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UT Vandy recap: Glass half empty of half full?

ut vandy recap

So, real quick, if you missed the video I posted on Tuesday, be sure to check it out by clicking HERE. Though it’s not gotten the play that some of the past ones have, it’s still done well. But more importantly, it’s garnered a lot of nice comments from readers, so be sure to take a peek if you missed it.

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As Tennessee coasted to a convincing road victory over the Vanderbilt Commodores last night, I couldn’t hep but wonder if the basketball Vols had finally turned the corner. After all, it was the first time Tennessee (13-10, 5-6 SEC) had pulled off back-to-back conference victories. What’s more, both of these victories were on the road, only their first and second road wins of the year.

There’s a lot of evidence which suggests the Vols are finally starting to gel. And that they could maybe even make a late-season run, much like the 9-1 run with which they closed out last year’s regular season. Yet, there’s also a lot of evidence which suggests this year’s team is a far cry from the 2012 one that nearly made the big dance.

So which is it, folks. Glass half empty or half full?

UT Vandy recap

I’ve been tough on Jarnell. But I’ve also been the first to say that if he uses his physicality to dominate the boards, his offense will take care of itself. That’s why it’s no coincidence that when Jarnell rebounds well, he scores well, too. Hence his six consecutive double doubles.

But given Jarnell’s recent success, it was no surprise that Vanderbilt doubled down on him virtually every time he touched the ball. And last night, Jarnell’s recognition was outstanding as evidenced by his quick and decisive actions. Usually it was a quick move to the bucket. Other times is was a crisp pass to a cutting Volunteer.

The big fella can still disappear from time to time and last night’s second half was a perfect example. He only scored three of his 17 points in the final 20 minutes and wasn’t anywhere near the force he’d been in the first half.

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Trae Golden is not only back, but playing with incredible energy, to boot. He’s been much more aggressive in seeking his shot, and, what’s more, he’s been hitting his runner. As much as this team needs Jarnell to be a dominant physical force, both in the paint and on the glass, it also needs a point guard with a bit of moxie. Since his return from his tweaked hammy, Trae’s given us both.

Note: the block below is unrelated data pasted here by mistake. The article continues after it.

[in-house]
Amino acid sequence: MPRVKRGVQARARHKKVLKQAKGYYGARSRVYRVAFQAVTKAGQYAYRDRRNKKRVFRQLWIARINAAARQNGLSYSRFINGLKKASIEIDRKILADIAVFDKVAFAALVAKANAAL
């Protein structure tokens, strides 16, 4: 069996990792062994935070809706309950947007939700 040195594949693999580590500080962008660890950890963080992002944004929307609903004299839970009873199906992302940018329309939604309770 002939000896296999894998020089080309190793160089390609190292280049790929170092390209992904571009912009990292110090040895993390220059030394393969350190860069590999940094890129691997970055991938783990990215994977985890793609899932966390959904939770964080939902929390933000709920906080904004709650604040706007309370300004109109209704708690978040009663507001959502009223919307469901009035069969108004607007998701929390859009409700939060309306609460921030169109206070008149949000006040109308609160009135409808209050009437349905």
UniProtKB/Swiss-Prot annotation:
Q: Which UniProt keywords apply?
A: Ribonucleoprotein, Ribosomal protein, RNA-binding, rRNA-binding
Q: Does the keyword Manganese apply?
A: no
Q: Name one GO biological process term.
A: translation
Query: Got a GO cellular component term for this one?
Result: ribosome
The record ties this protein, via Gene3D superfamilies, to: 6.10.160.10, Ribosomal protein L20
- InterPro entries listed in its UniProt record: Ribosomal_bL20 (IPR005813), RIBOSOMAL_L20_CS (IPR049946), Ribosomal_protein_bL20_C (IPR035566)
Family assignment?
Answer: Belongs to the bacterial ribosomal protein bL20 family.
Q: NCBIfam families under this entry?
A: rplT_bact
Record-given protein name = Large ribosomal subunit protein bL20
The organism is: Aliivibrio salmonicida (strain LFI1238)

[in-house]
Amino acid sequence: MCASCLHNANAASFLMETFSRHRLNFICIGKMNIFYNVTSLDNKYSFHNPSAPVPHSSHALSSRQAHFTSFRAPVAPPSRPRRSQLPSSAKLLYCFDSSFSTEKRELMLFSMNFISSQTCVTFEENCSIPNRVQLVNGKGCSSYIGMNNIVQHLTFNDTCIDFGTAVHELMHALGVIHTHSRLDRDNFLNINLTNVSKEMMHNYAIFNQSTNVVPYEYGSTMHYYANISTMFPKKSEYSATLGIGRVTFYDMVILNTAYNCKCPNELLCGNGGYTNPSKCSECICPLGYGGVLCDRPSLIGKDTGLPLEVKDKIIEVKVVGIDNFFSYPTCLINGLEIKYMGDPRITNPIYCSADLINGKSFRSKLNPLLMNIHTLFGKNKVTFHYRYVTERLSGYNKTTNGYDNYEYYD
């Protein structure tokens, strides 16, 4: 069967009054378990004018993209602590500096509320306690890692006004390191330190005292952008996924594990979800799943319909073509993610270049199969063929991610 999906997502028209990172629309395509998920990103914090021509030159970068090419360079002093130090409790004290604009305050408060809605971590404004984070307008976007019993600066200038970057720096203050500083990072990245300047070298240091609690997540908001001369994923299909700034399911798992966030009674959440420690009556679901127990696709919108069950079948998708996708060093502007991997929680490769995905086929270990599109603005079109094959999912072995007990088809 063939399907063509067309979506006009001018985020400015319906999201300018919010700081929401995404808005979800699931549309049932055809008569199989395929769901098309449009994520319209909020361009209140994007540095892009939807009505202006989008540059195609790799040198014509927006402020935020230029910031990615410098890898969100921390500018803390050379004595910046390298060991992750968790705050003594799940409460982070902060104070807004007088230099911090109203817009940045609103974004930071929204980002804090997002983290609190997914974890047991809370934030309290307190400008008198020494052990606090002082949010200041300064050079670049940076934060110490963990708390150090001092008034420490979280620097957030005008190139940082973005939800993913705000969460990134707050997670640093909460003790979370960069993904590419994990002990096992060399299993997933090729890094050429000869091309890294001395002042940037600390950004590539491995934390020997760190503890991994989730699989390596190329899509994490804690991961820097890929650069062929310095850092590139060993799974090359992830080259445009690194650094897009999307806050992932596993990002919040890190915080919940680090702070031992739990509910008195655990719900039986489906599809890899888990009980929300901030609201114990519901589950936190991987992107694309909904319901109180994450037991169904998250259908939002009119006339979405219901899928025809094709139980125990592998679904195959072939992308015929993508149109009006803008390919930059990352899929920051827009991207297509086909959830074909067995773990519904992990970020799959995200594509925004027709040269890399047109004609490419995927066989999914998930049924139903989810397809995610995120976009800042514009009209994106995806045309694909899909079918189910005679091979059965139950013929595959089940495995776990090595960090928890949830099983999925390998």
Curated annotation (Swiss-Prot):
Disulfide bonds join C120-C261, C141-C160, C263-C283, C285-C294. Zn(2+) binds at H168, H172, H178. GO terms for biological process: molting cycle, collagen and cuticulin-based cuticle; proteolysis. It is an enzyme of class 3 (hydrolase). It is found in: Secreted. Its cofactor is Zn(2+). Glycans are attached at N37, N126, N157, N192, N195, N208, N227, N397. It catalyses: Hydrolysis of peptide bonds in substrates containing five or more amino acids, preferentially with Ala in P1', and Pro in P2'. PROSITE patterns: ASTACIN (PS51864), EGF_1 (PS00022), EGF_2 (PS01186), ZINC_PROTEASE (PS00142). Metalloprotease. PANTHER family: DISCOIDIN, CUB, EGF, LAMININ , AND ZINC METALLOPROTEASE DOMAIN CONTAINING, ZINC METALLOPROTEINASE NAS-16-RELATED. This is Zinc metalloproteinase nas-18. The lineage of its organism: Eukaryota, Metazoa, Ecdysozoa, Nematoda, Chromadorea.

Shades of Arkansas when Vanderbilt switched to a 1-2-2 press early in the second half, forcing the Vols into five quick turnovers, quickly cutting UT’s 16-point in half. During that stretch, the Vols went scoreless on seven consecutive possessions.

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One got the sense last night that the Vols had finally found their identity — something they’ve been tinkering with for a while now. Jarnell was dominant. Josh was a ball hawk. Armani was as athletic. Jordan was versatile. And Trae was the straw that stirred the drink. The 40 first-half points UT put up were the most since playing lowly Presbyterian in December.

Tennessee only scored 18 second half points against a pretty bad Vanderbilt team (9-14, 3-8 SEC).

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Chievous gave us great minutes off the bench and drained both shots he took, one of them a three.

Skyler remains largely ineffective, logging 24 minutes that yielded a stat line that was full of zeros. As in 0-3 from the field (all three pointers), 0 rebounds and 0 steals. The only number he posted was 1 assist. UT needs more from him if they’re to close the season with a bang.

So at the end of the day, I’m not sure what to make of this win or this team. Was the W a sign of a team that’s finally clicking on all cylinders? Or was the W simply the appropriate smack down a team like Tennessee should administer on a team like Vanderbilt?

I can’t say I know for sure. But I certainly know which one I’m hoping is the case. I suspect we’ll learn a lot more this weekend when we play the Nerlens Noel-less Kentucky Wildcats.

Photo from @Vol_Photos — one of my favorite Twitter follows.

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